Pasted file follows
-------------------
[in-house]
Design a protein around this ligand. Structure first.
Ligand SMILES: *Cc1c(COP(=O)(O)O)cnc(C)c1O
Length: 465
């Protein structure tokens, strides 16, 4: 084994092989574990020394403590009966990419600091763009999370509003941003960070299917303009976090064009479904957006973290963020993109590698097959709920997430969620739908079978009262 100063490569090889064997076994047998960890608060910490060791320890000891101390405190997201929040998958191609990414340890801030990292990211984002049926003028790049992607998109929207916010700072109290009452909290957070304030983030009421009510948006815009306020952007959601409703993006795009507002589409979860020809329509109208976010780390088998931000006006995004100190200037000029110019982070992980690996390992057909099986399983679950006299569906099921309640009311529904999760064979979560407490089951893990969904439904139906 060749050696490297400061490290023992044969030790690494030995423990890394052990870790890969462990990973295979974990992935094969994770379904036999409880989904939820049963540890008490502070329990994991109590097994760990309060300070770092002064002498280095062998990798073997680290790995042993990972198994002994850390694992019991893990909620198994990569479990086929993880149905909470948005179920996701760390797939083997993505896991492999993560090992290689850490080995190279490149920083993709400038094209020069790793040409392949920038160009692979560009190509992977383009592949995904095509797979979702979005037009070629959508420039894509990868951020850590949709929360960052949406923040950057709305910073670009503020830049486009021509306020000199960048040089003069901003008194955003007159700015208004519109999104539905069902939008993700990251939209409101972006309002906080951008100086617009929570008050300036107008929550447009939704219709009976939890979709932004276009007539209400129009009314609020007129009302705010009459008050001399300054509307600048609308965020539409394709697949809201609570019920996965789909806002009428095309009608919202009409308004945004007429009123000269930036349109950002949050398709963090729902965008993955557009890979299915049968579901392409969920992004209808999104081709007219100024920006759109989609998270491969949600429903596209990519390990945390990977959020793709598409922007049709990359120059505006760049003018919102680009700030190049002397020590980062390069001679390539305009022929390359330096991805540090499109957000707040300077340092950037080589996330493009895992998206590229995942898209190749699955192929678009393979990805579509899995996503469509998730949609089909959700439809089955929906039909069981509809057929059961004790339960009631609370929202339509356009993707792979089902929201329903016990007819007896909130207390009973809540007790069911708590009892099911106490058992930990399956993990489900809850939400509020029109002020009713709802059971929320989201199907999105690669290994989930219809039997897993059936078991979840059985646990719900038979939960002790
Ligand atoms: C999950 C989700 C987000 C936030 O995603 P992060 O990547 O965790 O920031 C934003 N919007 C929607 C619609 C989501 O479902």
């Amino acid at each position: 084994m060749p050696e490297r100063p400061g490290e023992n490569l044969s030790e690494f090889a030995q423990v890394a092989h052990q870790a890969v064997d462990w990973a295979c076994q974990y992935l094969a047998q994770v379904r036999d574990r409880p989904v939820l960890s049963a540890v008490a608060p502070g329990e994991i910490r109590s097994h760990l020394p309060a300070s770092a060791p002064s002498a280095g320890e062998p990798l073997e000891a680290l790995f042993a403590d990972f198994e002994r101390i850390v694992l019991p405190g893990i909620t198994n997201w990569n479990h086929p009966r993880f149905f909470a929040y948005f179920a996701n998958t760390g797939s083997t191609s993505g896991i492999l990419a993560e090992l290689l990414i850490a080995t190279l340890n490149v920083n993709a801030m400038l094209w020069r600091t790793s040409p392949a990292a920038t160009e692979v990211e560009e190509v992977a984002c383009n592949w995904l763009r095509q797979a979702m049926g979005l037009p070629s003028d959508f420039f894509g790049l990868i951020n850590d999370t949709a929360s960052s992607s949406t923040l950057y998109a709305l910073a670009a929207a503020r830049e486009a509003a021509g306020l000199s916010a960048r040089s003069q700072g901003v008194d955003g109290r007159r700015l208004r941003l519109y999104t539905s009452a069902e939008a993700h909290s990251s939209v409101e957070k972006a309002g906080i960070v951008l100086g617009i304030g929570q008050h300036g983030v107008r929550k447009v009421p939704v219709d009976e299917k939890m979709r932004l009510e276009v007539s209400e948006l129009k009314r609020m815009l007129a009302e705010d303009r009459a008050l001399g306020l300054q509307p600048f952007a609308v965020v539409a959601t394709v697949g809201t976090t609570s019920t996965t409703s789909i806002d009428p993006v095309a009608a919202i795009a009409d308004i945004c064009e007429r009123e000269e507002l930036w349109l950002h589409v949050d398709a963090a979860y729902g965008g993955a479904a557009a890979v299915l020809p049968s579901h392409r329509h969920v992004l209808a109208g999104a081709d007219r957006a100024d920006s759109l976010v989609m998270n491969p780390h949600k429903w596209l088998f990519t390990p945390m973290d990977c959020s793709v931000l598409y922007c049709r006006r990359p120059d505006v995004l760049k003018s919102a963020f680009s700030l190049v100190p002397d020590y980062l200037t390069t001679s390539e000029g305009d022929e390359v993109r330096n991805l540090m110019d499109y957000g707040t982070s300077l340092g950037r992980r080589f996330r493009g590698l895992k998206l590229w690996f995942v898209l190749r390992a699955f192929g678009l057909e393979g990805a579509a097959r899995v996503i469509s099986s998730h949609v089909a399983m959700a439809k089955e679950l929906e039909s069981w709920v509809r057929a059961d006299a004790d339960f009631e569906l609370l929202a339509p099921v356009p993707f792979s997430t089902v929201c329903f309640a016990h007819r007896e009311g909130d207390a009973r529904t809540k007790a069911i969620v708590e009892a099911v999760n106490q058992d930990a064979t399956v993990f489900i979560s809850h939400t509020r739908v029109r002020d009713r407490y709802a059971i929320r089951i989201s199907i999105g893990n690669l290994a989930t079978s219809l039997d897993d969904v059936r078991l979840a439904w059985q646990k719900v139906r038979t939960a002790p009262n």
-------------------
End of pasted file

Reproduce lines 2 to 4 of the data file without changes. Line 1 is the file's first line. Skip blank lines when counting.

Design a protein around this ligand. Structure first.
Ligand SMILES: *Cc1c(COP(=O)(O)O)cnc(C)c1O
Length: 465